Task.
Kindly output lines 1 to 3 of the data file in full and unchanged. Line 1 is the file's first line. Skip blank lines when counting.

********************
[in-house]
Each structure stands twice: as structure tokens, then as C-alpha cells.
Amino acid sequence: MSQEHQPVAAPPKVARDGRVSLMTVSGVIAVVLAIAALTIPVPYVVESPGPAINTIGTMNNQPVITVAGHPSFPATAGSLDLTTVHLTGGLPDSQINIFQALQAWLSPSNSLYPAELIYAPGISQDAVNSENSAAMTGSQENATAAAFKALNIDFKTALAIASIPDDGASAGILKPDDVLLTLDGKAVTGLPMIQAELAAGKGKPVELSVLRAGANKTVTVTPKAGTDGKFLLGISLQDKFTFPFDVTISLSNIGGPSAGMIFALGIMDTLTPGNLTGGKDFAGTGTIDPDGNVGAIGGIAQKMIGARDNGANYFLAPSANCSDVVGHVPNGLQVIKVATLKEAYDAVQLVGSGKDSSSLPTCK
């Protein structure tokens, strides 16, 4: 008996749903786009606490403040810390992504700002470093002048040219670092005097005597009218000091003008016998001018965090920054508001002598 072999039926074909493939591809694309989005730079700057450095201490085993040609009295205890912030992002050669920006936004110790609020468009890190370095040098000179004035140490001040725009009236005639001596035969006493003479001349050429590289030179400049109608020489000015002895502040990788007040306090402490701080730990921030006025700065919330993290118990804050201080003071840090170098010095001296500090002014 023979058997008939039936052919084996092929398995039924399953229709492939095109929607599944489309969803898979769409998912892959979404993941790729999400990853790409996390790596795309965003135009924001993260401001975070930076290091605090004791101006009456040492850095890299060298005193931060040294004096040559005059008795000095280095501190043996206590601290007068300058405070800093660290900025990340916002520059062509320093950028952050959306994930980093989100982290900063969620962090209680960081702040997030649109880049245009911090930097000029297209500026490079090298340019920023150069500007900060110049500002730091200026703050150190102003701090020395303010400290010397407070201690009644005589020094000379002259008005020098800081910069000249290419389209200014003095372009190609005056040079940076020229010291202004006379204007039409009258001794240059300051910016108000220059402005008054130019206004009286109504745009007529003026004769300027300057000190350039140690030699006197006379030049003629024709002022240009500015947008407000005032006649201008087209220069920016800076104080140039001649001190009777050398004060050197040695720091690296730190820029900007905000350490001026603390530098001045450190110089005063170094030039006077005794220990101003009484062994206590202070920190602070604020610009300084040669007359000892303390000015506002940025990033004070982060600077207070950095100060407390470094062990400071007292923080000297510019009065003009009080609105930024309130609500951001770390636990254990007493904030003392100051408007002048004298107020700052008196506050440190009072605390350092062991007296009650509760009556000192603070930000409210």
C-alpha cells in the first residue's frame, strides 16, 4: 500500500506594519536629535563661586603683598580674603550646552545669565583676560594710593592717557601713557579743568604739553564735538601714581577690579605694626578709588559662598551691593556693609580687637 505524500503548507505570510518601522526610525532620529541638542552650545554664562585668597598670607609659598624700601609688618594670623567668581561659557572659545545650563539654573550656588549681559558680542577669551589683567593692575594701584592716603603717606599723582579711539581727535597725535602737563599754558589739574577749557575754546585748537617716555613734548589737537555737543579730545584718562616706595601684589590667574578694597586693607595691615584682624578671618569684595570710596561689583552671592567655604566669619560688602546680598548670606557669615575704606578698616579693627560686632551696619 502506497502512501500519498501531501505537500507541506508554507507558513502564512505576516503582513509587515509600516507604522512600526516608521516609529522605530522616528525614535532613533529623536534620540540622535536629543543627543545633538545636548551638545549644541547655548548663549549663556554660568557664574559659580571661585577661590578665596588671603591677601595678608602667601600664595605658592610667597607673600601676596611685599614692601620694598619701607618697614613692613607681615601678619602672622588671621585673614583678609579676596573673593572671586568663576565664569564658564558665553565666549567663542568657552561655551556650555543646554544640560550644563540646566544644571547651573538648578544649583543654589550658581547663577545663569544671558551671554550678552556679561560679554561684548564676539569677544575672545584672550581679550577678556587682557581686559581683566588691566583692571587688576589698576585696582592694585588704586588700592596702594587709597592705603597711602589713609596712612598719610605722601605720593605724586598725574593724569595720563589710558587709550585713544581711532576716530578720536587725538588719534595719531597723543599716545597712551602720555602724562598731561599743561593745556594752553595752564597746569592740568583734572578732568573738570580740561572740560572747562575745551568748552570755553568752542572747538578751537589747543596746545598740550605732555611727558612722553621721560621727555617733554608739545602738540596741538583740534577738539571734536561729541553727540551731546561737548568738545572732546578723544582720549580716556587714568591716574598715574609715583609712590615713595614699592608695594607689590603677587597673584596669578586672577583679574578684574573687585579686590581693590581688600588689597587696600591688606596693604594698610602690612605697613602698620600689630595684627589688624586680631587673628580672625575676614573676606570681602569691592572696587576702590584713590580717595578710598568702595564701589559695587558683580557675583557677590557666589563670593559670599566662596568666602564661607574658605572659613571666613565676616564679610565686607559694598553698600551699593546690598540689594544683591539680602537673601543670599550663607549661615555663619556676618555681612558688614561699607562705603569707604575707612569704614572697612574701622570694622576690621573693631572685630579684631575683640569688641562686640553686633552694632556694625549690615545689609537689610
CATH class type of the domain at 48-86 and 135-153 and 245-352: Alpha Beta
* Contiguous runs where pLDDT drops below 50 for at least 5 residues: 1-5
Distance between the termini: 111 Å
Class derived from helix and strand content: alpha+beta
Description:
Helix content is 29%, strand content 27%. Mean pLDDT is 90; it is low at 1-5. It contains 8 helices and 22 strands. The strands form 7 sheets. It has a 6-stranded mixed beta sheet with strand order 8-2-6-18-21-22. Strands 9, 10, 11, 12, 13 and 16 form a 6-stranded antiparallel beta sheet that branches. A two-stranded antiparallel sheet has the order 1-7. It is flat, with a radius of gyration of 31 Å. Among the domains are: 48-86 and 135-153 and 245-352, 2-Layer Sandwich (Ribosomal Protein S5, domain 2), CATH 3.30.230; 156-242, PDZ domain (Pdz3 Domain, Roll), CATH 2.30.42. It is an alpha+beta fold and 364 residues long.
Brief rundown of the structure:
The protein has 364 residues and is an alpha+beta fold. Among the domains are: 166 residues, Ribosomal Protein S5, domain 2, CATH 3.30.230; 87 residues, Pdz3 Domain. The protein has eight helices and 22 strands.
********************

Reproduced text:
[in-house]
Each structure stands twice: as structure tokens, then as C-alpha cells.
Amino acid sequence: MSQEHQPVAAPPKVARDGRVSLMTVSGVIAVVLAIAALTIPVPYVVESPGPAINTIGTMNNQPVITVAGHPSFPATAGSLDLTTVHLTGGLPDSQINIFQALQAWLSPSNSLYPAELIYAPGISQDAVNSENSAAMTGSQENATAAAFKALNIDFKTALAIASIPDDGASAGILKPDDVLLTLDGKAVTGLPMIQAELAAGKGKPVELSVLRAGANKTVTVTPKAGTDGKFLLGISLQDKFTFPFDVTISLSNIGGPSAGMIFALGIMDTLTPGNLTGGKDFAGTGTIDPDGNVGAIGGIAQKMIGARDNGANYFLAPSANCSDVVGHVPNGLQVIKVATLKEAYDAVQLVGSGKDSSSLPTCK